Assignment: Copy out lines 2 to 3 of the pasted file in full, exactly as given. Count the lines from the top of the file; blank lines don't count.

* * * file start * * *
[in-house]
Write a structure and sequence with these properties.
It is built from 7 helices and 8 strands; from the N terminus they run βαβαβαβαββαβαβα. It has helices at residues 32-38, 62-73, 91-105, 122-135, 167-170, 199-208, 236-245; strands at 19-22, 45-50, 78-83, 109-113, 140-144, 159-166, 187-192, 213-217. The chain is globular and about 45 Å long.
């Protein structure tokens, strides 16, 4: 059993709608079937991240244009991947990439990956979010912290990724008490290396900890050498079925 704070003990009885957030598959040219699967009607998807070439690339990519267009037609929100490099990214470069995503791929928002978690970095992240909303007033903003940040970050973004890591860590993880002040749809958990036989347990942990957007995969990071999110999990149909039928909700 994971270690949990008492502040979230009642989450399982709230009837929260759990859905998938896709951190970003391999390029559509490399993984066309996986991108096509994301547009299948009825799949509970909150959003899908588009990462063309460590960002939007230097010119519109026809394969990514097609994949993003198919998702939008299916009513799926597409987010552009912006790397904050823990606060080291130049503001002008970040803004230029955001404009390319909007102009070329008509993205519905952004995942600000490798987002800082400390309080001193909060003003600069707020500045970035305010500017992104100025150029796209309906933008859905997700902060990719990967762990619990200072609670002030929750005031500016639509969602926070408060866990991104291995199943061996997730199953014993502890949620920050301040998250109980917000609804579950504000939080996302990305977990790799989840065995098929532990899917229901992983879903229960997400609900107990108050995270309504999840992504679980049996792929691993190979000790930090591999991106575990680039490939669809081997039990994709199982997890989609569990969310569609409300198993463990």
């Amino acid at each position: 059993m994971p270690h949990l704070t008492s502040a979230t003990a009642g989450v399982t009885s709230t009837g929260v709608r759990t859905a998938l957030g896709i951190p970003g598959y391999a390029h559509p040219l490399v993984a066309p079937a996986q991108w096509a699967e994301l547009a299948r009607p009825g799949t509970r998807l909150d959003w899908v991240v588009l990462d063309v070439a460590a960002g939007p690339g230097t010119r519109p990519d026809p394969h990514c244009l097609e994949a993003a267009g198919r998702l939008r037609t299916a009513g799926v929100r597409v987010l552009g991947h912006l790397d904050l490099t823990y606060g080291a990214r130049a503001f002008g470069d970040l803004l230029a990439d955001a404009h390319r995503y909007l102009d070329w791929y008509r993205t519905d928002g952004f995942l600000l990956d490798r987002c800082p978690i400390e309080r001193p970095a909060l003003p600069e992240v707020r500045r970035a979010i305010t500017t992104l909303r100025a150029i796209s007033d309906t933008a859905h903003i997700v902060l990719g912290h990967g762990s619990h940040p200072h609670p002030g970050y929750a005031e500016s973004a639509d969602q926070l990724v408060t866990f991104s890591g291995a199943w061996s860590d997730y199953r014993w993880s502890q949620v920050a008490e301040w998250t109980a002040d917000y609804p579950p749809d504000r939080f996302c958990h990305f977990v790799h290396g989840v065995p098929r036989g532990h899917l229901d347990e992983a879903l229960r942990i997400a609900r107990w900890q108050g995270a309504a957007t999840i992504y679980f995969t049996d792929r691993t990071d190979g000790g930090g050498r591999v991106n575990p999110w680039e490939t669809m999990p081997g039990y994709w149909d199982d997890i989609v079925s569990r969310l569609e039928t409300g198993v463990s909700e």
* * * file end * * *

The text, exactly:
Write a structure and sequence with these properties.
It is built from 7 helices and 8 strands; from the N terminus they run βαβαβαβαββαβαβα. It has helices at residues 32-38, 62-73, 91-105, 122-135, 167-170, 199-208, 236-245; strands at 19-22, 45-50, 78-83, 109-113, 140-144, 159-166, 187-192, 213-217. The chain is globular and about 45 Å long.